“You mustn’t think you’re going to make a fool of me,” he began; “I am here to do my duty; I am looking to my grandchild’s happiness as I understand it, and the laughter of a young puppy is not going to hinder me. One doesn’t bring up girls to dump them down on the first cottar’s holding that offers, and one doesn’t manage a farm for forty years to hand over everything to the first fellow that makes a fool of a girl. My daughter went and moped and carried on till she got herself married to a vagabond, and he drank them both to ruin, and I had to take the child and pay the piper; but curse me if my granddaughter is to go the same road! As sure as I am Ole Nordistuen of the Hill Farms, I tell you the minister shall sooner call the banns for the fairy folk up on the Nordal forest than he shall speak such names from the pulpit as Marit’s and yours, you jackanapes! Are you to go and scare proper suitors away from the farm, forsooth? Just you show your face there, my man, and you’ll travel down the hill again in a way you won’t relish. You giggling imp, you! Do you suppose I don’t know what you’re thinking of, you and she? You’re thinking that old Ole Nordistuen will soon turn up his toes in the churchyard, and then you’ll trip away to the altar together! No, I’ve lived sixty-six years now, and I’ll show you, boy, that I’ll live till you’re both mighty sick of it! And, what’s more, you can hang about the house till all’s blue and you won’t see so much as the sole of her foot, for I’ll send her out of the district; I’ll send her where she’ll be safe, so that you can flutter around like a laughing joy and marry the rain and the north wind. And now I’ve nothing more to say to you; but you, his father, you know my mind, and if you wish him well you’ll make him bend the river in the way it’s got to run; I warn it off my ground.”  57
  He turned away with short, quick steps, lifting his right foot a little more strongly than the left, and muttering to himself.  58
  Complete seriousness had fallen upon those he left behind; a foreboding of evil had mingled itself with their joking and laughter, and a blank pause followed as after a shock of terror. The mother, who had heard all from the kitchen door, looked anxiously at Eyvind with tears in her eyes; but she would not make things harder for him by saying a single word.  59
  They all went indoors in silence, and the father, seating himself by the window, looked after Ole with a very serious countenance. Eyvind watched intently his slightest change of expression; for did not the future of the young people almost depend upon his first words? If Thore added his refusal to that of Ole, they could scarcely hope to get over it. His thoughts ran apprehensively from obstacle to obstacle; for a moment he saw only poverty, opposition, misunderstanding and wounded self-respect, and every resource he could think of seemed destined to fail him. His uneasiness was increased by his mother’s standing there with her hand on the latch of the kitchen door, uncertain whether she had courage to stay in and await the upshot, and by her at last losing heart and slipping out. Eyvind looked steadily at his father, who, it seemed, was never going to look round; nor did the son venture to speak, for he understood that the thing must be fully thought out. But presently his soul had run its course of anxiety and regained its firmness. “After all,” he thought within himself as he looked at his father’s knitted brow, “God alone can part us.” And just at this moment something happened. Thore heaved a long sigh, rose, looked into the room and met his son’s gaze. He stopped and looked long at him.  60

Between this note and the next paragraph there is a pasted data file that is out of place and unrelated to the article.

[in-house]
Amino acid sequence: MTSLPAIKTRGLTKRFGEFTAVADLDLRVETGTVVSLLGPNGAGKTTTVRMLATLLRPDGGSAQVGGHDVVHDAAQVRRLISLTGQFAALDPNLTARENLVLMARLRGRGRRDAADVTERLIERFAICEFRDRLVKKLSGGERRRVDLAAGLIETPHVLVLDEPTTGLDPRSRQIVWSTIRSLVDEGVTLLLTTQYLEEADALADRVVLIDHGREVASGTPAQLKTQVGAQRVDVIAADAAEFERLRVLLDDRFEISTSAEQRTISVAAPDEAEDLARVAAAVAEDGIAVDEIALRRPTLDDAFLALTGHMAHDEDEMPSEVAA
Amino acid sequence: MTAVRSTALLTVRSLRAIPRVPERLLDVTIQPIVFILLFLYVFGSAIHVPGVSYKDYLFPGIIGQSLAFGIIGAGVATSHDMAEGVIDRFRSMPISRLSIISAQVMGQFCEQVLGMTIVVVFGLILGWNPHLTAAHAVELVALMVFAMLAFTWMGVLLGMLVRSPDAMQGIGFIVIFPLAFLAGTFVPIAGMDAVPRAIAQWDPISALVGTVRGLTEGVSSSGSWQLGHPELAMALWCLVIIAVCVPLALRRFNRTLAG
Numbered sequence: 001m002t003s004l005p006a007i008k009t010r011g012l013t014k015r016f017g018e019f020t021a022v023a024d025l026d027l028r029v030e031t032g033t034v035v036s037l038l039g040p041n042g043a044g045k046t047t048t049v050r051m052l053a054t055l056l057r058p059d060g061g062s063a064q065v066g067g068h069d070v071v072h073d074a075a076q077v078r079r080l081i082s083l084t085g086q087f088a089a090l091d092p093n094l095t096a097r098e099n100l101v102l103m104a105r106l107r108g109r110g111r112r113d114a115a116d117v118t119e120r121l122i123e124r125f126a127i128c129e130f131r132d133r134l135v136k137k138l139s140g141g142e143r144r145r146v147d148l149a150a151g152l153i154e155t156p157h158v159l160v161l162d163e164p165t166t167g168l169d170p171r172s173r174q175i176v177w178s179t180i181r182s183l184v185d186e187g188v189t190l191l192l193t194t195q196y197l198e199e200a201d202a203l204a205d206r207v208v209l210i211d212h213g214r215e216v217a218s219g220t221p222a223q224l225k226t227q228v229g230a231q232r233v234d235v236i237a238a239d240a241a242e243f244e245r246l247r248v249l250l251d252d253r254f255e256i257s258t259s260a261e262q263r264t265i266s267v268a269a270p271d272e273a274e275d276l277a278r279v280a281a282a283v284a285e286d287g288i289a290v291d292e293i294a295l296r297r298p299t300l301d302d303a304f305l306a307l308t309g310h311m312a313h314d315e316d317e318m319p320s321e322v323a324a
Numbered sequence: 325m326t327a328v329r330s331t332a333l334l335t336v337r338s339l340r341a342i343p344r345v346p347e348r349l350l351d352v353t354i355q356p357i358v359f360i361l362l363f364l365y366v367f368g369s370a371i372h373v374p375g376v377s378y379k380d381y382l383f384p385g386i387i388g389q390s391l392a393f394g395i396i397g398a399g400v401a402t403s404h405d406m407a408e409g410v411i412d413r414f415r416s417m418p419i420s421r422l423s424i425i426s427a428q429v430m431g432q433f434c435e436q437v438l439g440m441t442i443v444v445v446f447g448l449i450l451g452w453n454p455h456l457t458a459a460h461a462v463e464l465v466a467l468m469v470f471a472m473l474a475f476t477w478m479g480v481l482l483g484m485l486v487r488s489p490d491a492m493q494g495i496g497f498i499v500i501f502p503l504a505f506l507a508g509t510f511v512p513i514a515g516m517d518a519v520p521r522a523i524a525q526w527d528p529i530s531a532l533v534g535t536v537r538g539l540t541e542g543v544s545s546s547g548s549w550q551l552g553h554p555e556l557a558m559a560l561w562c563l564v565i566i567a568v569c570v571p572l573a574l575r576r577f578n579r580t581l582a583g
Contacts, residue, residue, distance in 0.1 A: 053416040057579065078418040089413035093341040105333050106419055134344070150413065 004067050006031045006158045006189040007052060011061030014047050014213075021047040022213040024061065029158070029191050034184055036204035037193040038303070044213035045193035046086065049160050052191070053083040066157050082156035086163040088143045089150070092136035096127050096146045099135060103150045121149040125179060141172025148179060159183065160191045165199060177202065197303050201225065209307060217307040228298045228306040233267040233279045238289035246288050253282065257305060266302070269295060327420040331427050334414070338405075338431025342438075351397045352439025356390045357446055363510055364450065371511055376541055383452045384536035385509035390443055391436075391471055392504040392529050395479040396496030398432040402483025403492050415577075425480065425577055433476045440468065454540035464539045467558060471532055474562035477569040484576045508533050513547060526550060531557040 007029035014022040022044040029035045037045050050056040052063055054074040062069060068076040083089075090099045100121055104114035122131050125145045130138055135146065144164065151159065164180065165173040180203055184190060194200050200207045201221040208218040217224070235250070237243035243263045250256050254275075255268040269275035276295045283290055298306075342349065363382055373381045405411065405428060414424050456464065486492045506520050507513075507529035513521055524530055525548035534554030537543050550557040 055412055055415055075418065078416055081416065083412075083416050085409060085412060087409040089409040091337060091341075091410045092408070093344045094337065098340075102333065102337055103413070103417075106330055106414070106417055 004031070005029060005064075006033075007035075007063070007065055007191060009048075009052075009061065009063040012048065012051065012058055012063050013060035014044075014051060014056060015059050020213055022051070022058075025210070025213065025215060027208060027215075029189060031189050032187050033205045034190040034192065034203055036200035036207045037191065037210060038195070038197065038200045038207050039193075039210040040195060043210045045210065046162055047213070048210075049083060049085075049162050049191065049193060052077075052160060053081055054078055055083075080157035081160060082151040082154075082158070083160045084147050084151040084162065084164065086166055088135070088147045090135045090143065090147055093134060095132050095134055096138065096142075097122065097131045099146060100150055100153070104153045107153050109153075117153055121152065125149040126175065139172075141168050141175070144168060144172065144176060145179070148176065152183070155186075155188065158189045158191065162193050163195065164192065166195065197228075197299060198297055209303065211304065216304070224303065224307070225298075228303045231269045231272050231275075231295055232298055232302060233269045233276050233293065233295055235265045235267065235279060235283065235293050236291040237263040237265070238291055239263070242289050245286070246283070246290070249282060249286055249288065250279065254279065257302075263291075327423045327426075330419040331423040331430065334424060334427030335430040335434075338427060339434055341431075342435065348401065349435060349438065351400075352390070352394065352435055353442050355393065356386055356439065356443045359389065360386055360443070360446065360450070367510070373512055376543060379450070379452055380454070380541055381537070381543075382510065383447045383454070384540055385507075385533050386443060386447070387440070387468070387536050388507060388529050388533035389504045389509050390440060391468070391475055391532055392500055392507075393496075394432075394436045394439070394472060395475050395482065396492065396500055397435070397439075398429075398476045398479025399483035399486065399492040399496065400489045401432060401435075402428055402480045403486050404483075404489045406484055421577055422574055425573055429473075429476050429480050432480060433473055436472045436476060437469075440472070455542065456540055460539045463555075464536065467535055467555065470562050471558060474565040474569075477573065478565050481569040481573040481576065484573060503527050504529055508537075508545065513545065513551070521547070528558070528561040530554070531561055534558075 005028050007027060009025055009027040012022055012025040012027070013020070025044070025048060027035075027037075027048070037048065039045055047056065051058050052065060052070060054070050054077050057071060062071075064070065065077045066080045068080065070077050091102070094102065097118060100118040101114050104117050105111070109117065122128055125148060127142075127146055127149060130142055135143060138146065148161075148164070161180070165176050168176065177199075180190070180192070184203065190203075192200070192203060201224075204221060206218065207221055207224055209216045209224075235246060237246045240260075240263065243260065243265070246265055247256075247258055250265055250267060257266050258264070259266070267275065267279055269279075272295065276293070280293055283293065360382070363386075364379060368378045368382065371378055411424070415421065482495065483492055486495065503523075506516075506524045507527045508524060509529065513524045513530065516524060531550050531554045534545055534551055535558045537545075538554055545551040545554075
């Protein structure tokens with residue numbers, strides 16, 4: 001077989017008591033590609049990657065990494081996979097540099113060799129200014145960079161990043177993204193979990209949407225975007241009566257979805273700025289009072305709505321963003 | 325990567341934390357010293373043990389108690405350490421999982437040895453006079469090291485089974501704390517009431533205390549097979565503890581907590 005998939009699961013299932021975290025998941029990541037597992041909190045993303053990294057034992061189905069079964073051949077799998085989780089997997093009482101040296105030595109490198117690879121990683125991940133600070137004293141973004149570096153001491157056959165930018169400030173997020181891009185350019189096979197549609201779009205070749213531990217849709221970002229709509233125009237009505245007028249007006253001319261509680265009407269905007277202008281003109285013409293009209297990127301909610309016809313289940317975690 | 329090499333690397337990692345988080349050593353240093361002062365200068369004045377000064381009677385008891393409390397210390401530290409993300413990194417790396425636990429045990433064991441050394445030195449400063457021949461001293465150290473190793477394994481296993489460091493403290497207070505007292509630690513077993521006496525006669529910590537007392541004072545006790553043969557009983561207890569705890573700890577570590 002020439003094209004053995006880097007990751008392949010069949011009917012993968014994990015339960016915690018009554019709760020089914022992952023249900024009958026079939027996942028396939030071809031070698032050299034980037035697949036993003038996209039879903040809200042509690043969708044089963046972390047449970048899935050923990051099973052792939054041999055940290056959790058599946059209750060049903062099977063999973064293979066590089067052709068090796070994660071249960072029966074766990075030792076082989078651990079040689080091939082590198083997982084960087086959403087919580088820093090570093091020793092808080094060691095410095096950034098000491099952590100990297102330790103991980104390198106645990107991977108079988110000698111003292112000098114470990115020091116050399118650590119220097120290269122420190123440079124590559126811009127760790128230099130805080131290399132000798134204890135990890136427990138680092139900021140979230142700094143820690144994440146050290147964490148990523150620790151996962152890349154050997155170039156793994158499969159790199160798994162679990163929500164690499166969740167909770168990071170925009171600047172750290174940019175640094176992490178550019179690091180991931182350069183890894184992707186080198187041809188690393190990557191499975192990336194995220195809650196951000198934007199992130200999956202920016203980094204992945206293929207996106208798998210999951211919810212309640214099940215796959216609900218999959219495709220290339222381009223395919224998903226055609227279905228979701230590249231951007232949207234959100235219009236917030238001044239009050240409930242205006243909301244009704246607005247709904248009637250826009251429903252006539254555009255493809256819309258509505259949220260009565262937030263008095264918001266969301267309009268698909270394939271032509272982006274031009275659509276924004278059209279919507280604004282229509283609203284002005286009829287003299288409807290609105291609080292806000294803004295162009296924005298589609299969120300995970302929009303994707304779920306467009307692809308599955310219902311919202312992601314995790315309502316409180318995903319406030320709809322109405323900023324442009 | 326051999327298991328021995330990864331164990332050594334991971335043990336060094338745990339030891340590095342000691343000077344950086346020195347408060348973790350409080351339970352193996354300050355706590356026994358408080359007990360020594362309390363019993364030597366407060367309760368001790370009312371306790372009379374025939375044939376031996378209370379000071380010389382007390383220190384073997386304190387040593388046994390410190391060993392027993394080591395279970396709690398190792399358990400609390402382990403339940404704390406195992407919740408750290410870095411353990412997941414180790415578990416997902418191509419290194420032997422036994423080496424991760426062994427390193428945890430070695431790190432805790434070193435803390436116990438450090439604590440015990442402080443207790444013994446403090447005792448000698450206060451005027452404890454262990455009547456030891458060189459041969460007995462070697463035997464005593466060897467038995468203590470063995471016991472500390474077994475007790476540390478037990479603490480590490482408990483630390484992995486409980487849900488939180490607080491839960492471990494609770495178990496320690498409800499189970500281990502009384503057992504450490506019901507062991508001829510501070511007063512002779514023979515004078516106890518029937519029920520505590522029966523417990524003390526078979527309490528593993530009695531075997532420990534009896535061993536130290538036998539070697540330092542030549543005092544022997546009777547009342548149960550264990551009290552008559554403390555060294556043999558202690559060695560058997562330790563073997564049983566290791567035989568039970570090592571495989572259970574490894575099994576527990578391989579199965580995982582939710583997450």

“I should be best pleased if you gave her up, for one ought not to beg or bully oneself forward in the world. But if you won’t give her up, tell me when you’ve made up your mind, and perhaps I may be able to help you.”  61
  He went to his work and his son went with him.  62
  By the evening Eyvind had his plan complete: he would try for the post of District Inspector of Agriculture, and would beg the Principal of the College and the Schoolmaster to help him. “Then, if she holds out, with God’s help I will win her through my work.”  63
  He waited in vain for Marit that evening, but as he waited he sang his favorite song:
        Lift thy head, brave lad, for token
That, if past-time hopes be broken,
New ones sparkle in an eye,
That takes light from God on high.
  
Lift thy head, and gaze around thee,
Something new hath sought and found thee;
Something that with myriad voice
Bids the heart in thee rejoice.
  
Lift thy head; for harps are ringing,
Footsteps dancing, voices singing,
And the vault of heaven so blue,
Is thine own soul beaming through.
  
Lift thy head, and sing unchidden!
Spring disdains the winds frost-ridden;
When the sap is rich and clear
Burgeoning shoots will greet the year.
  
Lift thy head, baptized for ever
In the flood of hope’s bright river,
That across the gleaming world
Like a rainbow is unfurled.
  64


Note 1.  An inclined place for driving hay-carts up into the barn. [back]